“Why are you even up?” The girl stoops down next to him just long enough to grab her bag. He grabs her wrist.

“That’s really not an answer.”

She shrugs.

Liam sighs deeper than he had before, “I couldn’t sleep. My sleeping bag has a hole in the foot and I got cold.” He looks out towards the river. Lightning bugs glow on the water, highlighting the subtle swirl of the eddy.


“What, it’s true! That’s it [DEADNAME]. At least I’m not out here to steal a goddamn boat,” he flicks a pebble into the shallows. The silhouettes of minnows flit off for darker waters.

“You need to stop calling me that.”

“Oh.” He blinks, “what did you want me to call you?”

The name was what had thrown off her parents the most. When she came out to them, she asked their input – what would they have named her had she been born a girl? Her mother left the room and her father yelled. “You’re denying reality,” he tried, “how can you throw away what we gave you?”

“Marissa. Mara? I don’t know. Just not that,” Liam watches the girl stand back up and toss her pack back into the boat. She reaches over him for a paddle and a life jacket. With one more glare, she vaults over the gunwale and into the seat at the stern.

“For fucks sake,” Liam pitches after her, half leaping, half tripping into the back of the boat. The canoe rocks, and they both hold their breath as they glide out of the eddy and into the current.

The moon glows brighter from outside of the canopy, as it slices the midnight mist to ribbons. Out here the air is clear, free of the smell of charcoal and ash.

“Seriously?” The girl lifts her paddle clear of the water, letting the tide steer the boat downstream, “just let me go.”

“It’s a little late for that!”

She scoffs, spitting into the water, “nobody would have noticed if you hadn’t come with.”

In all fairness, Liam was the loudest of the campers. He was a leader, a wannabe counselor, and most apparently of all, a complete suck up – the cheeriest singer of the thirtieth line of “ninety-nine bottles of beer on the wall” and that kid that always advocated to put the rain fly up, even on the driest of nights.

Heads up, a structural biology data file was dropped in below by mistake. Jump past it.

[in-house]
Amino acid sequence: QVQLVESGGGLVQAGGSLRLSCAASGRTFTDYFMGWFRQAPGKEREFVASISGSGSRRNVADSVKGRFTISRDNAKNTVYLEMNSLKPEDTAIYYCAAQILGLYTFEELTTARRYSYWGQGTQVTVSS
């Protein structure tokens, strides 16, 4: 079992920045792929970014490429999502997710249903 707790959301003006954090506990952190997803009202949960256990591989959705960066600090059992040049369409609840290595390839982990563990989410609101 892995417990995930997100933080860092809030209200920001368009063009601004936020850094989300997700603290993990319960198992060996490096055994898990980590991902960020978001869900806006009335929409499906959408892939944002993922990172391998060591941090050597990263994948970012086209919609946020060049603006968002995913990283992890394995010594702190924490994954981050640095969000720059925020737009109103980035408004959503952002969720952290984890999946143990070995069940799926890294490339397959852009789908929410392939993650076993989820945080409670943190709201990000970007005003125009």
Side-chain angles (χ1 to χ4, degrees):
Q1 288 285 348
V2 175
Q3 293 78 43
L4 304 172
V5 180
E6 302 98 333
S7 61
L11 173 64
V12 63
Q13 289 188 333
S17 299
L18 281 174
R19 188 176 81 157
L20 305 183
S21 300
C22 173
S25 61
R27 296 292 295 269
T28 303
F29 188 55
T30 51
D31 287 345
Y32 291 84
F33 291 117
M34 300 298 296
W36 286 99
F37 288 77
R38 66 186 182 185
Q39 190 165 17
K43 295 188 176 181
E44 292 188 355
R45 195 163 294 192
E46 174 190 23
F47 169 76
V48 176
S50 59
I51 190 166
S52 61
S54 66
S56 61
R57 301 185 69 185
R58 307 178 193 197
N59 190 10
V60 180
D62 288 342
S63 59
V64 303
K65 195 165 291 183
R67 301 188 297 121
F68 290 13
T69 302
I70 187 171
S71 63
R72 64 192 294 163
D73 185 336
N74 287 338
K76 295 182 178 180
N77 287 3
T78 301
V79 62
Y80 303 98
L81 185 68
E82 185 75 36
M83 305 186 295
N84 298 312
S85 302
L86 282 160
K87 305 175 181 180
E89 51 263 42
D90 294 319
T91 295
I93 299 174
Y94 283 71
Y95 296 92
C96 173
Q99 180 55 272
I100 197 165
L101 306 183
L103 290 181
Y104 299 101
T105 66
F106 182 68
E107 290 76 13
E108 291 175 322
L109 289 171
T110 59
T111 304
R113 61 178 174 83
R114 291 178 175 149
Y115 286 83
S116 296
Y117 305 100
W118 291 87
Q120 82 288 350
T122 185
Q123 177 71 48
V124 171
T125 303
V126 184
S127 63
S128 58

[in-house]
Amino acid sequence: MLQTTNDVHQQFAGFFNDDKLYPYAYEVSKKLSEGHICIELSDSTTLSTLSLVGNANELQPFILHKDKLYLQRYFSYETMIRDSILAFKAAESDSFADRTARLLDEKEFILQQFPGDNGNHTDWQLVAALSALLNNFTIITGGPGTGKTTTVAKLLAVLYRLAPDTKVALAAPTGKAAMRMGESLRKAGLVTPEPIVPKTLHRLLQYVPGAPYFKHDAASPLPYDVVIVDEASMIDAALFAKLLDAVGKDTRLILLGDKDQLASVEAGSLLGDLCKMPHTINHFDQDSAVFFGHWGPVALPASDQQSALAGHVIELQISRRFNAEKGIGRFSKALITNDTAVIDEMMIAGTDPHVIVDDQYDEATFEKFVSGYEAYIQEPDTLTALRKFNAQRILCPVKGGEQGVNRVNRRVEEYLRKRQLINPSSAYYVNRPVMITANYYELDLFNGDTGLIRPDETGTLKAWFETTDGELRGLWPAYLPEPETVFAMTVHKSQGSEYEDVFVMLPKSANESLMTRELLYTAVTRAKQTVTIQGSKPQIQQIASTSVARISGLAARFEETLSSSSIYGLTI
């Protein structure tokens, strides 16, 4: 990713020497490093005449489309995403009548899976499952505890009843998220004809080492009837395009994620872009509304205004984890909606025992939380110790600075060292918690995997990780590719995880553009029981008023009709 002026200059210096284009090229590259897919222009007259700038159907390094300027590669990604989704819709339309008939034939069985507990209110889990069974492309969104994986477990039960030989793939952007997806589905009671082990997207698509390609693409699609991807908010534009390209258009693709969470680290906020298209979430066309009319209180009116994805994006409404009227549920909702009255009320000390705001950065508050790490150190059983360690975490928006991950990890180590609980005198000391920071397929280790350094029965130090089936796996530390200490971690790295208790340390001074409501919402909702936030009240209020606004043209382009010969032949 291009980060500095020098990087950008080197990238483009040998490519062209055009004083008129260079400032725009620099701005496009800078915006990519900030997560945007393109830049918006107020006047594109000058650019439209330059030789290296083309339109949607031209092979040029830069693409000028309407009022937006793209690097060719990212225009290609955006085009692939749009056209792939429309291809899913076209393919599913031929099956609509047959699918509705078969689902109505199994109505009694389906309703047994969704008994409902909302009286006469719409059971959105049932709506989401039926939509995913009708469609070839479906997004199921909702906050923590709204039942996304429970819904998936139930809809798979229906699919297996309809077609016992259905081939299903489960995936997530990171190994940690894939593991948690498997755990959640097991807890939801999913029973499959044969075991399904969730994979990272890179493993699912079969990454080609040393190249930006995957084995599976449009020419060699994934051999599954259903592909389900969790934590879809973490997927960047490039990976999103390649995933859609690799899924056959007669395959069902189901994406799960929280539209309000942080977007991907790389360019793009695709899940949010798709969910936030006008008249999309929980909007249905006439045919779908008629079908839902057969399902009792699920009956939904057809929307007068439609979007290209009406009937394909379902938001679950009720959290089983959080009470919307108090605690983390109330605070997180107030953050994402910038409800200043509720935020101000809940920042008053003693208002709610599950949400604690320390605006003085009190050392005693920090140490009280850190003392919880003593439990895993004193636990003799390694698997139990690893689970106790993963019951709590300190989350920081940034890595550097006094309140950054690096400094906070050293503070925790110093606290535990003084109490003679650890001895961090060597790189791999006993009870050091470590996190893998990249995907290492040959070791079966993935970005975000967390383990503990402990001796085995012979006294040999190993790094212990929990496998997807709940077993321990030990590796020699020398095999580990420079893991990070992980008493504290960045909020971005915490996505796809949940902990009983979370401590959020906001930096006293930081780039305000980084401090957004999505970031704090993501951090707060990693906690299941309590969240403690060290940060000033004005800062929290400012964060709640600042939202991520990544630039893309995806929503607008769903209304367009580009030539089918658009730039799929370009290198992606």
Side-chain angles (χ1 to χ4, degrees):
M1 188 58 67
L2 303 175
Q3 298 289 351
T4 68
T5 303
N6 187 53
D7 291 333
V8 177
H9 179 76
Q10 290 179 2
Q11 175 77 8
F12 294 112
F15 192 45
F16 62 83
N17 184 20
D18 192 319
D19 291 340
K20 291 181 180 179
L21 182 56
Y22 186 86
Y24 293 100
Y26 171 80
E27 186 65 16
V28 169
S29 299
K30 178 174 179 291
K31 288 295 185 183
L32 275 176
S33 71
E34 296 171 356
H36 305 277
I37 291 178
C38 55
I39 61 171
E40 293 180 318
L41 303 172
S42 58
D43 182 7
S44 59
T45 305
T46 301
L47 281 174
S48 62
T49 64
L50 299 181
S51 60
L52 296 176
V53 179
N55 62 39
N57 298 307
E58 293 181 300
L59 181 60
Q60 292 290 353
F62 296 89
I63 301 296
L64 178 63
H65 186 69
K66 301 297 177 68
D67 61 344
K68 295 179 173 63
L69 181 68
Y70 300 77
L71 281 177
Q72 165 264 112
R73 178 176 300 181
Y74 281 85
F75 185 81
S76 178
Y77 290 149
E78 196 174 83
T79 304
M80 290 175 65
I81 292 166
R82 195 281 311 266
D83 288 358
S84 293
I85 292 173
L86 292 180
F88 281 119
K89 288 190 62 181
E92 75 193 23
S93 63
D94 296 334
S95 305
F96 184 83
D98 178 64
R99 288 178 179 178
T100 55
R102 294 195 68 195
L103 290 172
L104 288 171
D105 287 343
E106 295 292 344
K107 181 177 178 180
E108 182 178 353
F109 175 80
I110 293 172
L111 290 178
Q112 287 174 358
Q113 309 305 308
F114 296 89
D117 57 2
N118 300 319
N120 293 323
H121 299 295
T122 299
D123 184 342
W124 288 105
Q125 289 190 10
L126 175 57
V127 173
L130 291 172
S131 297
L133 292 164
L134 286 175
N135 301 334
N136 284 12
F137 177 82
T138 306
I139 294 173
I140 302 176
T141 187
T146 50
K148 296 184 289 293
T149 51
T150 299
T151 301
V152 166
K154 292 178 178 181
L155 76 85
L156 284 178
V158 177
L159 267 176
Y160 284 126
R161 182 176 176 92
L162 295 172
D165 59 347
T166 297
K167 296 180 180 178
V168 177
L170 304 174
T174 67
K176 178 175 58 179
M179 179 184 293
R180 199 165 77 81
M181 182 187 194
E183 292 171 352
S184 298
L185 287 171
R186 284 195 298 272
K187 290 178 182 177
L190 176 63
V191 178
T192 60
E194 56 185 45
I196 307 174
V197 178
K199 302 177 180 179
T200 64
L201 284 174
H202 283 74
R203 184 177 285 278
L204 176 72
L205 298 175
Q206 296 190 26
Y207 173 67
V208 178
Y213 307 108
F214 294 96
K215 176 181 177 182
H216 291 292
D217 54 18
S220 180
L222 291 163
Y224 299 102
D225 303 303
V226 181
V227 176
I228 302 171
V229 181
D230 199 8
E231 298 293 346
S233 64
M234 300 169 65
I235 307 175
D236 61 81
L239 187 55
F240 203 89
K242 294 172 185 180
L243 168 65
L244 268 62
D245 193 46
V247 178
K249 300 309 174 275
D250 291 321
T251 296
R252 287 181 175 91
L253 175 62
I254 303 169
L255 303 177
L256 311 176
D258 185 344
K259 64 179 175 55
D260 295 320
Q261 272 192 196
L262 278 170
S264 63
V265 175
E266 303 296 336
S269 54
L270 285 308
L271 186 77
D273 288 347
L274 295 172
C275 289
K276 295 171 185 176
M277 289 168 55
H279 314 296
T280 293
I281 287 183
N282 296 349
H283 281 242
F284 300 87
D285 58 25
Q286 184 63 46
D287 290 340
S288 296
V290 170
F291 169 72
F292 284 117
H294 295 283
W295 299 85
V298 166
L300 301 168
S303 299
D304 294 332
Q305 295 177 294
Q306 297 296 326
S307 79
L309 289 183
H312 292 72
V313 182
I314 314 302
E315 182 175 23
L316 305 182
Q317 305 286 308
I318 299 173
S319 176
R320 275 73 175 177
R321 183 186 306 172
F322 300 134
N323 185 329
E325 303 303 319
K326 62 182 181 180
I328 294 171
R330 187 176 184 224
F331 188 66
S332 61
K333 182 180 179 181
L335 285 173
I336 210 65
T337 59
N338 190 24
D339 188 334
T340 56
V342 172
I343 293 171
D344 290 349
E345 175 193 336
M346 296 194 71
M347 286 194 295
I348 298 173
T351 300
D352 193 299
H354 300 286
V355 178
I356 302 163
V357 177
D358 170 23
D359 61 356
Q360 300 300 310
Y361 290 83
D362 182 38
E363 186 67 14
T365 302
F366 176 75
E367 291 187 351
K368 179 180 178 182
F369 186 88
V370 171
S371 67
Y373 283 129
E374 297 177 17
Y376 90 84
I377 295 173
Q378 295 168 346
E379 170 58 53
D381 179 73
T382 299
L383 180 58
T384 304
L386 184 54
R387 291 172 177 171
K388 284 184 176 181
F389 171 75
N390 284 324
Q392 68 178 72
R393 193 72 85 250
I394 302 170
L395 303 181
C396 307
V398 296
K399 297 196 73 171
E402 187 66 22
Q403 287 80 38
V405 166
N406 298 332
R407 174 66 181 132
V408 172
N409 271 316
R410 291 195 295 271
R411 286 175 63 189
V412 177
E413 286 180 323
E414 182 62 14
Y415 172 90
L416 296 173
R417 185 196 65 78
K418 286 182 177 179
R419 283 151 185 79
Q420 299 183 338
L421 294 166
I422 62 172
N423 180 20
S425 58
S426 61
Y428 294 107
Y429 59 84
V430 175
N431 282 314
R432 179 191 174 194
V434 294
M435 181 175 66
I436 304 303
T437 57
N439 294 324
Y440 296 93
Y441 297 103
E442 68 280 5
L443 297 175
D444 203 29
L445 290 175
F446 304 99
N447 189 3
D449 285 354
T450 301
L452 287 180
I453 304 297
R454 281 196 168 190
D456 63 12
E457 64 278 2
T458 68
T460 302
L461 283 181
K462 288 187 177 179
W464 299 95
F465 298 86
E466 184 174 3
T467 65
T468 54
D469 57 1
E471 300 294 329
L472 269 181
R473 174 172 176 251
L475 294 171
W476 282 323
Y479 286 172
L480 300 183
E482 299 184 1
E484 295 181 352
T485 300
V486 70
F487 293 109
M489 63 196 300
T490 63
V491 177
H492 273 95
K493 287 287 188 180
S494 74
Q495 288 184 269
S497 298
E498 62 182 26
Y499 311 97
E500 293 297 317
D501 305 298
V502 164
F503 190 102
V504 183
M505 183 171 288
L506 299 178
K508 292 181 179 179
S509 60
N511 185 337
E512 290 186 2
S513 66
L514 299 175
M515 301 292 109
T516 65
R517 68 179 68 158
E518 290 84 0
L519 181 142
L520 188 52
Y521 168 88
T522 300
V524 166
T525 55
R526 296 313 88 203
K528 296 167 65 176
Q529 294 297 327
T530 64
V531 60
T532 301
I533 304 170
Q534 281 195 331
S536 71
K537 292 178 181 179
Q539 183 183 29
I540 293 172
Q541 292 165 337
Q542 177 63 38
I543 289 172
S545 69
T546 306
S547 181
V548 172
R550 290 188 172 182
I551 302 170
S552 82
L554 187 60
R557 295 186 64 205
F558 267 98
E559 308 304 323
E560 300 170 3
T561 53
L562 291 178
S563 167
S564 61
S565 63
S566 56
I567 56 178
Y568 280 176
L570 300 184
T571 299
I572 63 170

“Yeah, I think they’d notice a missing canoe in the morning.”

“So you’re acknowledging that they wouldn’t miss me?”

Liam rolls his eyes more enthusiastically than he spouts shitty lyrics, “that isn’t what I said!”

The landscape blurs past as the canoe begins to pick up speed.

“I get why you want to run away, I really do,” the boy says. He grits his teeth against the cold of the fog as they round a bend.

“But you actually want to be here.”

“I didn’t always. Last year I was in a girls cabin, which… ummm, wasn’t really…it for me,” He says, gesturing to his outfit – a bright Star Wars t-shirt and a pair of sweatpants. The girl rolls her eyes.

He runs a hand along the surface of the water. The moon ripples off the wake, sending a glittering mist up and through the breeze, “I didn’t let my parents win. Instead of trying to let the camp ‘fix me,’ I treated it as a moment to prove them wrong. To be myself and still make friends anyway, even though I didn’t completely fit in.”

The girl shakes her head, “I can’t go back to my parents.”

“I didn’t say that you should, but how far did you think you’d get in a stolen canoe?”

“Far enough.”

“Without any food?”

A log floats past the canoe, its surface covered in moss. It bobs beneath the surface and sounds against the hull, a weighty thunk, followed by a long, sharp scrape. The girl’s eyes go wide as it passes.

“You-,” she pauses, “-ugh, fine. But no promises that I won’t steal food and try again tomorrow night.”

“Thank you.”

She dips the paddle into the water and scoops backwards, swinging the boat sideways. It’s an upstream battle back towards the camp. They push in sync, carving back into the cove.

“And for the record, I think that Marissa is a beautiful name.”

The girl’s cheeks flush, “thanks,” she climbs into the shallows, dragging the bow of the canoe back onto the rocks. “That, umm, that means a lot.”

Liam loops her bag onto his back, depositing the paddles back onto the shore. They flip the canoe and line its faded stamp up with the others.

“Could you, uhh, keep this whole thing on the down low?”

“Keep what on the down low?” Liam’s lips light up with a mischievous grin. The girl punches him on the arm.

“Thank you, and g’night Liam.”

“Night Mar’s.”

They walk the trail together, back up the scramble and towards their own, separate tents. The moon blinks through the leaves, and then disappears back behind a cloud, shrouding the river and the forest alike in that cold, dark fog.